Nathan Williams caught a VW Hebmüller Cabriolet on the go in London. No, this is not the classic VW Cabriolet that was built for so many decades by Karmann. The sportier Hebmüller 2+2 Cabrio was available alongside the four-seat Cabriolet at VW dealers from 1949 – 1953, but only 696 were ever built, so these are now very rare and valuable.
I’ve been wanting to write up a “Heb” for years, so here goes….but then looking at this one closely makes me suspect that it’s a later conversion; a fake, in other words. But I’ll still do its history, regardless. Even really good Heb fakes (if this is one) are not exactly common either.
The 1938 KdF Wagen was intended to be built in three body styles; a sedan, a sunroof sedan and a cabriolet. The cabrio prototype was shown at the 1938 groundbreaking ceremony for the new KdF factory, and at the end of the ceremonies, Porsche drove Hitler back to his private train in it. Hitler never learned to drive, despite being a car fanatic, preferring the back seat. I’m guessing Porsche didn’t push the seat back very far, but then he was short anyway.
We’ve told the early postwar story of how the Beetle was saved from extinction by the British Occupational Forces, in the form of the very determined Major Ivan Hirst. He managed to scrape together enough old parts and a few new ones, and start up production of the sedan in 1946 on a very limited basis. It’s hard to image now, but Hirst struggle dnot only to find the parts to build them but also a market in which to sell them, as Germans were in no position to buy new cars in 1946.
Colonel Charles Radclyffe was in charge of the actual plant. After some discussions about what might sell—or was it what they personally wanted to drive?—Hirst had a team build a roadster for Colonel Radclyffe, dubbed the Radclyffe Roadster, naturally.
It was a roadster inasmuch as it was intended to be as close to a sports car as possible, and had cut down windows, a low roadster collapsible roof, and only two front seats. Colonel Radclyffe was quite happy tooling around in his eponymous roadster, but nothing came of it initially. Unfortunately, there’s no images if it on the web, or possibly elsewhere.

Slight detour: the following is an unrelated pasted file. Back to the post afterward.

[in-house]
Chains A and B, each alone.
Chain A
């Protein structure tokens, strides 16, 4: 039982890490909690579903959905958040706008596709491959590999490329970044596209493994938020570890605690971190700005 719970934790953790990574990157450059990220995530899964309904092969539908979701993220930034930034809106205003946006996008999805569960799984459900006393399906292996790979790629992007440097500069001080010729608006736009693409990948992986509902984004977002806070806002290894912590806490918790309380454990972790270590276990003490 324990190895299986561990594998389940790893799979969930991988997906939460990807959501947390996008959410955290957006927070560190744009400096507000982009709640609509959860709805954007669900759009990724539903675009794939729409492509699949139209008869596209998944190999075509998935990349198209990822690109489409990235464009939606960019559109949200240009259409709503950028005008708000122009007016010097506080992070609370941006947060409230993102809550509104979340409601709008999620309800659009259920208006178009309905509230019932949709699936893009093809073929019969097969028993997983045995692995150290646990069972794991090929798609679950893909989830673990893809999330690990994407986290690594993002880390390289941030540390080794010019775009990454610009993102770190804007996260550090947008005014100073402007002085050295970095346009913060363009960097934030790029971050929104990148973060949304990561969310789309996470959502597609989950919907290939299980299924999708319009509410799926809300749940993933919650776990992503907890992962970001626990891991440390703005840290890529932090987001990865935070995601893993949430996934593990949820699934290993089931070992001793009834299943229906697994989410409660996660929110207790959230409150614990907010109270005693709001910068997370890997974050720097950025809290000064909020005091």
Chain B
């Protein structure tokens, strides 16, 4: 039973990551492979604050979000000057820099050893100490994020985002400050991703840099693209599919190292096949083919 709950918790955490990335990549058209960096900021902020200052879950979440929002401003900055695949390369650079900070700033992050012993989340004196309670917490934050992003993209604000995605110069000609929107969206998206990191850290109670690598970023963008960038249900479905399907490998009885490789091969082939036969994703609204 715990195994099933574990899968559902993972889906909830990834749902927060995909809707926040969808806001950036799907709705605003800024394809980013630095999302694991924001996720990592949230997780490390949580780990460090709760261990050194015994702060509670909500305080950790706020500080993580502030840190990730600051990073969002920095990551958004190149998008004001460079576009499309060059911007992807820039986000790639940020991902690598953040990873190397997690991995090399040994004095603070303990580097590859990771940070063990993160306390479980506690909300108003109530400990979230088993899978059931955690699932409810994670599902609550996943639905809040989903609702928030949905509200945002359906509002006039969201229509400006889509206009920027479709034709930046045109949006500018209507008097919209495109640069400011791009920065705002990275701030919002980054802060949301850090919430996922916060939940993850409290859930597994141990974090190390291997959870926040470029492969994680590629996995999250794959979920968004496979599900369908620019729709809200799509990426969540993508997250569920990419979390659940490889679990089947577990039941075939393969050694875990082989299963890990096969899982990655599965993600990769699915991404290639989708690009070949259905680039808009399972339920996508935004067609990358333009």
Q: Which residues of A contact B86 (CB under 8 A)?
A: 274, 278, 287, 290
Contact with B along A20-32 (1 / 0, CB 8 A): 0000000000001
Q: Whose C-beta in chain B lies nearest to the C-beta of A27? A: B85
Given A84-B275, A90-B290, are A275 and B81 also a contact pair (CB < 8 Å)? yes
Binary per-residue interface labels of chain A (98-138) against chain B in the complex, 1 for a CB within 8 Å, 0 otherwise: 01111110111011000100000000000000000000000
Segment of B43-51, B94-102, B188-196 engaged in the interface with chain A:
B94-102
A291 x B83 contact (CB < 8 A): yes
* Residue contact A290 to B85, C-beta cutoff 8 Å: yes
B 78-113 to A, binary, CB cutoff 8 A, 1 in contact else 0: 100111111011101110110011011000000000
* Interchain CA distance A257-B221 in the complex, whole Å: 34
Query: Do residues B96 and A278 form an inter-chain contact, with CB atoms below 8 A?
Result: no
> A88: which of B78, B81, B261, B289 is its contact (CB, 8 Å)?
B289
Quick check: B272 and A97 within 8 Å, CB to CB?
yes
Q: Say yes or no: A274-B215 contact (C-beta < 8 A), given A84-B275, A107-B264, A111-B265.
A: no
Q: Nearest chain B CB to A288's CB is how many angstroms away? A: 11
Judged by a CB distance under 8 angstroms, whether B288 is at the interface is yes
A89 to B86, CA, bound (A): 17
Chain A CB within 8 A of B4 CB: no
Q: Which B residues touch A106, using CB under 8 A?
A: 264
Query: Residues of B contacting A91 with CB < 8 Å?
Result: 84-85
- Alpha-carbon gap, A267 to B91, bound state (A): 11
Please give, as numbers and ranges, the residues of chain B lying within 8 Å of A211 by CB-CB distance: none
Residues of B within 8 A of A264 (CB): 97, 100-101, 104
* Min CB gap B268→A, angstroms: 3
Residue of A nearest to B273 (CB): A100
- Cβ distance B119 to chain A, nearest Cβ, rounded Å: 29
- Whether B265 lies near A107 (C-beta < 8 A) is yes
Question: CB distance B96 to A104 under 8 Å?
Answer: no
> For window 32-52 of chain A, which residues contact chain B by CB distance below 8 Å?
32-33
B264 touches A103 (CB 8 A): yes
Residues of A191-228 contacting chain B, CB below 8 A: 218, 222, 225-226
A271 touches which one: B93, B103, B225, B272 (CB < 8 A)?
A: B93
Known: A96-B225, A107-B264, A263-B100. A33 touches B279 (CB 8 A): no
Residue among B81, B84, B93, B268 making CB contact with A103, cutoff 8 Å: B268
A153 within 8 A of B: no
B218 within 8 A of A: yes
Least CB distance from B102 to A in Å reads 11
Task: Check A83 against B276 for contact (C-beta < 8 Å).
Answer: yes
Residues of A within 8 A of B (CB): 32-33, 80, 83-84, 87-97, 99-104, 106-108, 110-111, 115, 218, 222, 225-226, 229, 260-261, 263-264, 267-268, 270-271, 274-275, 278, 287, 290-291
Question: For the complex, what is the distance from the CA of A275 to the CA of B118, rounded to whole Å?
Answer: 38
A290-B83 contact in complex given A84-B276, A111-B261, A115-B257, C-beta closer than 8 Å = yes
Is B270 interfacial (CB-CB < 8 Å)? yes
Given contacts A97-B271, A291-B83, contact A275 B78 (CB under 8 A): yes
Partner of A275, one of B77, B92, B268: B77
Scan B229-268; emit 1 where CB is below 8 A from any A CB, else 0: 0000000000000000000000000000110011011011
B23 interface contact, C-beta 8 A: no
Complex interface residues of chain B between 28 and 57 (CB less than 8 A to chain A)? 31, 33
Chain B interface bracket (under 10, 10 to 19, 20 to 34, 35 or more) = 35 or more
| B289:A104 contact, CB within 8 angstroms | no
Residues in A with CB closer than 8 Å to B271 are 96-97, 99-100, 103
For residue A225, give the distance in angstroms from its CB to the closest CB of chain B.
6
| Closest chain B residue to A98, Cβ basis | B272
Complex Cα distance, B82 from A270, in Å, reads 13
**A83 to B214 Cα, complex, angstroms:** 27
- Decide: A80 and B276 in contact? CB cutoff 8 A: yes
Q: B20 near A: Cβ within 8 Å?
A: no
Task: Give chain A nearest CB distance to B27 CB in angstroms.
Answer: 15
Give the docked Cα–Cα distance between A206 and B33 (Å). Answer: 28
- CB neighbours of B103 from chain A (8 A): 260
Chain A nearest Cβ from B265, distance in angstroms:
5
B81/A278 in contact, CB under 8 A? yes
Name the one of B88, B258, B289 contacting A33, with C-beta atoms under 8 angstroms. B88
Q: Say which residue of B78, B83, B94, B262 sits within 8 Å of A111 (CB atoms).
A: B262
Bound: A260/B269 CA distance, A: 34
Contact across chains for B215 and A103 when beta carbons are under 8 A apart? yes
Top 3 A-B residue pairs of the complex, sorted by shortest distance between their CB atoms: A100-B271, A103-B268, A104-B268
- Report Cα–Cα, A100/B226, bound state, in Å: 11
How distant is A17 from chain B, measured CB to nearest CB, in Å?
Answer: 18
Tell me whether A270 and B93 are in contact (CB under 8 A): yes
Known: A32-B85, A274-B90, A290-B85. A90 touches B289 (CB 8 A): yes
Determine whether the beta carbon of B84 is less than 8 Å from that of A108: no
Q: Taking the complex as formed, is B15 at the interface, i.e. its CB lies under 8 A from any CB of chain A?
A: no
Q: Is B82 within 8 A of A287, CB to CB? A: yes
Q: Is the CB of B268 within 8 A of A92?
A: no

In 1948, after the VW factory was turned over to the Germans under the direction of Heinz Nordoff, Nordoff decided it would be a good idea to build a little sporty cabriolet very much along the lines of the Radclyffe Roadster, having seen it, undoubtedly. Nordoff hired Joseph Hebmüller to build it. His coachbuilding firm of Hebmüller and Sons, founded in 1889, was of course interested in any work they could get during this difficult post-war era.
Hebmüller used as many parts of the Beetle as possible to build the sporty cabrio; eventually three protoypes were built, including this one.
And with top up. The three prototypes were extensively tested by VW and found to be lacking in structural rigidity. Strengthening members were welded to the floor pan panels under the front doors, which solved the problem. Production of the Hebmüller began in June 1949.
Here’s what the final production version looked like. The top was raised, which allowed room for a small “emergency” seat in the back, which could be folded down for more luggage room.
A year later, in 1949, Karmann was also asked to submit three prototypes for the four passenger cabriolet, essentially a production version of the 1938 prototype. These also required the same strengthening to compensate for the convertible body’s lack of a roof. Although the VW sedan body sat on a platform chassis, its body was very much designed to provide significant structural rigidity to the combined structure. This is a 1950 production Karmann Cabriolet, which of course has its fully-padded top sticking up in the back, a feature the Hebmüller avoided, since it had plenty of room to drop its smaller top down behind the rear seat.
Hebmüller production started in June of 1949. But already in July of that year, a fire broke out in the Hebmüller shops. The company managed to get some production restarted, but was crippled financially because it was uninsured. Production at Hebmüller ended in mid-1950, but some more of them (Type 14A) were later built at the Karmann shops, on a very small scale through 1953. A total of 696 Hebmüllers were built.
Nathan caught this one out on drive in London, in a shot that includes quite a range of mobility options: pedestrians, bicycle. scooter and bus, along with the Heb. I know which one I’d take.
The Heb’s distinctive long engine lid may look like its front trunk lid, but they’re not the same. Under it putters the same 25 hp 1131 cc air cooled boxer four that came from the WW2 Kübelwagen and also used in the sedans. its performance was considered on the lively side for the times, but there were already tuners ready to hop it up with twin carb kits and other goodies if you wanted Porsche-like performance.
I noticed that this Heb does not have a correct single-outlet exhaust system; it has the twin-outlet muffler that was first used in 1955. Nathan titled these shots “1961 VW”. I wondered why. I decided to look up the plates and they say: “1961 VW 1200”. Hmm. So more than likely this is a very well done re-creation. I also noticed a few other very minor details, like the door handles being apparently slightly further forward that those on a genuine Heb. Also, the seats do rather look like they’re straight out of a 1961 VW.
So I’m betting it’s a well-done reproduction. Nothing wrong with that; I’ve lusted after a Heb for many decades, and I’d be very happy with this one.